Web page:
Is sensory processing disorder autism?

Not necessarily. Many parents jump to conclusions without focusing on the symptoms themselves. This may be a natural thought process as parents want to help their kids as soon as possible. However, understanding what is happing first is critical to making the appropriate decision. Sensory issues may be present in many children with or without an accompanying diagnosis. With sensory processing difficulties, the amount of information around the child is difficult to absorb effectively and consistently. Ultimately, there is also a difficulty in trying to communicate the thoughts in a clear and concise manner. Building neural connectivity helps to manage and reduce these symptoms.

The Bayridge Kids Program for Sensory Processing Disorders

Learn more about our neural pathway integration program.

What are the signs of sensory processing disorder?

This disorder can be a frustrating one to truly understand, but many parents need only to focus on the symptoms associated with it and work to help their child overcome these problems. Temper tantrums, frustrations not linked to anything in particular, and poor grades are common elements to sensory problems. Daily functioning can be incredibly aggravating for kids. Their perceptions are muted sights and sounds, and it can literally feel as if a shade was pulled over the outside world. Alternatively, feelings of frequent sensory overload can also be commonplace.

Frequently Asked Questions

Here are some of the most frequently asked questions that we receive. If you have any other questions, please don’t hesitate to contact us.

A lot of parents tend to believe that childhood disorders, like sensory processing issues, may simply be outgrown by their children if given more time. Even though it is possible that their child may learn to manage these issues over time, most research indicates that although some neural development does continue into adolescence it slows significantly after childhood. The key to effectively changing a child’s trajectory for neural and psycho-social development is early intervention.

Effectively treating sensory processing disorders must involve multiple levels of stimulation and be engaging enough from a child’s point of view so that they truly get the most out of an intervention modality. In an effort to build neural connectivity, training must utilize the visual, auditory, touch, and vestibular (balance) systems. By combining these different systems in a methodical and systematic method, children develop cross connectivity between brain hemispheres. Successful neural growth may allow the child to absorb more information from their environments and respond appropriately.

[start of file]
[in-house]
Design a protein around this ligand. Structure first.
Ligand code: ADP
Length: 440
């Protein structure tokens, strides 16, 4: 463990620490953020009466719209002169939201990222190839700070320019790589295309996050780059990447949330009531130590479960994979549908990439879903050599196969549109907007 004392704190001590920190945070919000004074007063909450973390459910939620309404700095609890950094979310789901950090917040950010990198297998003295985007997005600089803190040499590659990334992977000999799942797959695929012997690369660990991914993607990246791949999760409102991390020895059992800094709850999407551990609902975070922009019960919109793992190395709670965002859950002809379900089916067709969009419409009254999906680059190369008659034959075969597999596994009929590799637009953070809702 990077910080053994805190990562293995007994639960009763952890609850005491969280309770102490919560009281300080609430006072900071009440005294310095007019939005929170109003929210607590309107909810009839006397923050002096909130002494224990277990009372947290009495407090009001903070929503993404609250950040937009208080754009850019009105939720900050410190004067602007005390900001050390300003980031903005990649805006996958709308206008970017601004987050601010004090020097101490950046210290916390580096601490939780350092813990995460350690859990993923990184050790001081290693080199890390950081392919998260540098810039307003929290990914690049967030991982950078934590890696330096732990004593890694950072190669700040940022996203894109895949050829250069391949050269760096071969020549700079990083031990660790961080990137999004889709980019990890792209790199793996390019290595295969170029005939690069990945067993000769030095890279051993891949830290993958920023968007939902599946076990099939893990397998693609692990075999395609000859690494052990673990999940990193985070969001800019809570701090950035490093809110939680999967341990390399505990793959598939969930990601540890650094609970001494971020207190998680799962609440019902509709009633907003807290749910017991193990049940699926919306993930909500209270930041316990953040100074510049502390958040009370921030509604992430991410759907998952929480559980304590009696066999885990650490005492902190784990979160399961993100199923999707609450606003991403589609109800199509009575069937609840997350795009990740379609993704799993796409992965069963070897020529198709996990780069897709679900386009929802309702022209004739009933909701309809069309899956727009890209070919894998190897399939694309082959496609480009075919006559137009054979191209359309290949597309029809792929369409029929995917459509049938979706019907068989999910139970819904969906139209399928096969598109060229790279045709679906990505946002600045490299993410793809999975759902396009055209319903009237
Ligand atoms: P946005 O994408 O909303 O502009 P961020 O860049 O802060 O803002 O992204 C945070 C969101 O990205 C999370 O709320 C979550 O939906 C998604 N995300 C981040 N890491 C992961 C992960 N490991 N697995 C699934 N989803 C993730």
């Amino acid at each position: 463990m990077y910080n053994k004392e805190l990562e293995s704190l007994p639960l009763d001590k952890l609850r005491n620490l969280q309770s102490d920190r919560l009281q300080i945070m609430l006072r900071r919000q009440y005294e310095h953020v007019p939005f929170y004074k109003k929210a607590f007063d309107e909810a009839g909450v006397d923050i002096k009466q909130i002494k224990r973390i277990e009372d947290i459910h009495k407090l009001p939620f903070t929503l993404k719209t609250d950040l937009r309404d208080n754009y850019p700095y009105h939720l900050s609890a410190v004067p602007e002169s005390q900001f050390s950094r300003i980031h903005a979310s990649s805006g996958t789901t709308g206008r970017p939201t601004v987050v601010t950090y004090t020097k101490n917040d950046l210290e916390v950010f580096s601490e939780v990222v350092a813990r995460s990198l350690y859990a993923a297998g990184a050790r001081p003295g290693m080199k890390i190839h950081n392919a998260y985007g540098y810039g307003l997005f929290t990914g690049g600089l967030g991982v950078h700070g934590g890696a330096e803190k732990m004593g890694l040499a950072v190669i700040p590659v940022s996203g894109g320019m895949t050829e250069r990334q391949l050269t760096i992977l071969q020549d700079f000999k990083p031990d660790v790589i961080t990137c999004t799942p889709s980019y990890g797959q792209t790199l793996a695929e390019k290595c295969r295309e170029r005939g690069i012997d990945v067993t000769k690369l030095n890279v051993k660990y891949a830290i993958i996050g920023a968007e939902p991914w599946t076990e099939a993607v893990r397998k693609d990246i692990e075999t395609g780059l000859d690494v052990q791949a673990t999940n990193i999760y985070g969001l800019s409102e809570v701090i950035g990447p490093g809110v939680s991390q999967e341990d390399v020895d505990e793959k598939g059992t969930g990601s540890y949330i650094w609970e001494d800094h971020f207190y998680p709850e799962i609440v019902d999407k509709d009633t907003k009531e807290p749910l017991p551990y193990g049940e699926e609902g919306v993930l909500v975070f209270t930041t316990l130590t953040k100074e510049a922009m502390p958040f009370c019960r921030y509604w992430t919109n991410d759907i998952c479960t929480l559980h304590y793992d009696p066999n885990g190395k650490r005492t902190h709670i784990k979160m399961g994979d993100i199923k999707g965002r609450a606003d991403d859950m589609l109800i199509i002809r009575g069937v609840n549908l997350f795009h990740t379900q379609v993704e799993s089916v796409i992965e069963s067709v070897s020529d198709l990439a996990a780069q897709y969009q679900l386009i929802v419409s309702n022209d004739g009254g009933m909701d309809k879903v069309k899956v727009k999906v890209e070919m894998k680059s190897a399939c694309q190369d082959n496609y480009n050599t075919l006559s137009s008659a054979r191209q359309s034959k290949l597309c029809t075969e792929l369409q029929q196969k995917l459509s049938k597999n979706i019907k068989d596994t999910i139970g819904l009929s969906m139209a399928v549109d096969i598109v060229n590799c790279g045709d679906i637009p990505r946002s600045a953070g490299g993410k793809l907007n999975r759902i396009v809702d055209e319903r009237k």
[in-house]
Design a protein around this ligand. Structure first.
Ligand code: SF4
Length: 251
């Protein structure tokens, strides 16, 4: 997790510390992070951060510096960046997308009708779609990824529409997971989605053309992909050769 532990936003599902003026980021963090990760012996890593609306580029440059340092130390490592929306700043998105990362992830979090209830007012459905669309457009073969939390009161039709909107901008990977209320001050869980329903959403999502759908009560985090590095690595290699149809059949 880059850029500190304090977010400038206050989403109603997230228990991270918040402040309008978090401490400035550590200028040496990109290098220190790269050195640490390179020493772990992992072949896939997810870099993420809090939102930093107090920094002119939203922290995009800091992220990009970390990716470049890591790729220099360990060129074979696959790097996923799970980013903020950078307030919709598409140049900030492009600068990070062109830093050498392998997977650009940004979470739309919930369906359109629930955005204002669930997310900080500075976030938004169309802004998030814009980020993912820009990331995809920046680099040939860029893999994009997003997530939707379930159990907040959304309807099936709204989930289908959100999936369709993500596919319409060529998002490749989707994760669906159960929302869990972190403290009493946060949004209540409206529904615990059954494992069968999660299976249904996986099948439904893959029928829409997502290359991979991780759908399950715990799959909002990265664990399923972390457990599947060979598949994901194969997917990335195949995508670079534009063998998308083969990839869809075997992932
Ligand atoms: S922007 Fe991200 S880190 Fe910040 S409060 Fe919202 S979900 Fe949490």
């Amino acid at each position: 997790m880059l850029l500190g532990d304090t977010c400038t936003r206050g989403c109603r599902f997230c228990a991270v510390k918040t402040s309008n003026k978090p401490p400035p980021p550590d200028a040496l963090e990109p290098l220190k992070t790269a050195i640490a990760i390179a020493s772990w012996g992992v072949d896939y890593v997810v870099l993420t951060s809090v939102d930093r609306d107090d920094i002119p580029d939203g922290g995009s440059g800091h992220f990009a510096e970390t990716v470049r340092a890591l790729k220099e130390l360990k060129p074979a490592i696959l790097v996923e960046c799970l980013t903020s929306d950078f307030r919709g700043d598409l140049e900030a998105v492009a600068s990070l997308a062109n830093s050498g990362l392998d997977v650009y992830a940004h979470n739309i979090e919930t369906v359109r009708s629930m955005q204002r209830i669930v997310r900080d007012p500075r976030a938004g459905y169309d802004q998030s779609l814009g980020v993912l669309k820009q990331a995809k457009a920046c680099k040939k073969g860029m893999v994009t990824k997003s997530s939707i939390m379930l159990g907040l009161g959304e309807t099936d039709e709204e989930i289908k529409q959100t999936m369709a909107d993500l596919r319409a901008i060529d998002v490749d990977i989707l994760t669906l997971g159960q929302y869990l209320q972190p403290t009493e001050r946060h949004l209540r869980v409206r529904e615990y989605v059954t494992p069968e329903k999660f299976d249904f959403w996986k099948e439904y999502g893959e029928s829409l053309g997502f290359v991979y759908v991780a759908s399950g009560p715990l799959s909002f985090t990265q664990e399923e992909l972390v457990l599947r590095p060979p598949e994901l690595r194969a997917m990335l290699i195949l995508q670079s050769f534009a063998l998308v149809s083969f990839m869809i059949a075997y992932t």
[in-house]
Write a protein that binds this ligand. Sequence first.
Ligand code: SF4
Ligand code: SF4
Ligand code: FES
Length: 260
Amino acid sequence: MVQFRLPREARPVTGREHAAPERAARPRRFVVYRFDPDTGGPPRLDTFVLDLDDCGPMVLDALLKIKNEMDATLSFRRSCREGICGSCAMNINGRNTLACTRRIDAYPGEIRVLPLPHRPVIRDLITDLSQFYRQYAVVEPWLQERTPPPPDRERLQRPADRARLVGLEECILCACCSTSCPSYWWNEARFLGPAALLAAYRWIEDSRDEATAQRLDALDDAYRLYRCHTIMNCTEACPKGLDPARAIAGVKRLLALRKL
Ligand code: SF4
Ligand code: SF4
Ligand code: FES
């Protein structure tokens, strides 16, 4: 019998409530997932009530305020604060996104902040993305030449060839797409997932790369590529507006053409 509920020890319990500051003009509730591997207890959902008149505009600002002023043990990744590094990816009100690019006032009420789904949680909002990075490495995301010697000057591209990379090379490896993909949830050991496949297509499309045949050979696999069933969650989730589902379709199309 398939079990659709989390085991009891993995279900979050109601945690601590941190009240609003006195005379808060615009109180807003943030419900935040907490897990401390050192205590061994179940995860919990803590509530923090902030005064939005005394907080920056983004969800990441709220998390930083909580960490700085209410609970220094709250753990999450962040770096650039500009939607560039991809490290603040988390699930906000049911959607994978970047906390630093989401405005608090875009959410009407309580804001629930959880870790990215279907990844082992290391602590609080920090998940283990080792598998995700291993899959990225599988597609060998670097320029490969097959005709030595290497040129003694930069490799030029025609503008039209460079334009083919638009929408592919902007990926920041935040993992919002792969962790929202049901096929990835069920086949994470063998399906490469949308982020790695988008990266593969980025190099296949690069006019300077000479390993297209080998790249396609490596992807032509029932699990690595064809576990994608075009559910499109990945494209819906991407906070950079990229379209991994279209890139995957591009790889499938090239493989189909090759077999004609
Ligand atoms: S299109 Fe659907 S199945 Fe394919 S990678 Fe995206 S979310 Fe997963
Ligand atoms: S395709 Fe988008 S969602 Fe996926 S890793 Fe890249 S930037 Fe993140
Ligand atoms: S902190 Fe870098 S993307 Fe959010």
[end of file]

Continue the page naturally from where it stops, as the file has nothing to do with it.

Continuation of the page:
The key to effectively changing a child’s trajectory for neural and psycho-social development is early intervention. It is important to intervene in a method that encapsulates all aspects of the disorder, and to look to a modality that addresses not just one but all of the sensory systems simultaneously. However, the engagement may be difficult as most kids dislike traditional forms of therapy. Bayridge offers a program that has high interest from children as it is technologically immersive and physically fun.

This is a very common problem that many parents share. One of the best ways is to turn off all electronic and visual stimulation an hour before bedtime. Ensuring that a consistent sleep/wake schedule is followed may be crucial. These kids struggle with processing the information around them; therefore, limiting the amount of stimulus both as bedtime approaches and in the bedroom itself may prove an effective strategy. Lighting, noises, smells, bedding, and even clothing may be resulting in unwanted or excessive stimulation for your child.

There are typically three patterns of sensory processing disorder: over-responsiveness, which is responding more than normal or with too much emotion to a stimulus; under-responsiveness, which is responding less than normal or with too little emotion to a stimulus; and sensory seeking behaviours (common in ADHD and autism), which is always searching for something to grab, play with, touch, or feel.

Calming a child down that is in the middle of a tantrum or aggressive emotional state can be rather scary and can leave parents feeling incredibly frustrated and hopeless. The key to effectively managing these kinds of situations is perseverance and patience. Allow the child to breathe and recover with as much time they need. Make sure the child is safe and respond appropriately. The hardest strategy to learn is that of not reacting, but rather letting the tantrum take its natural course to completion. Finally, reflect in hindsight and try to understand why the outburst happened.

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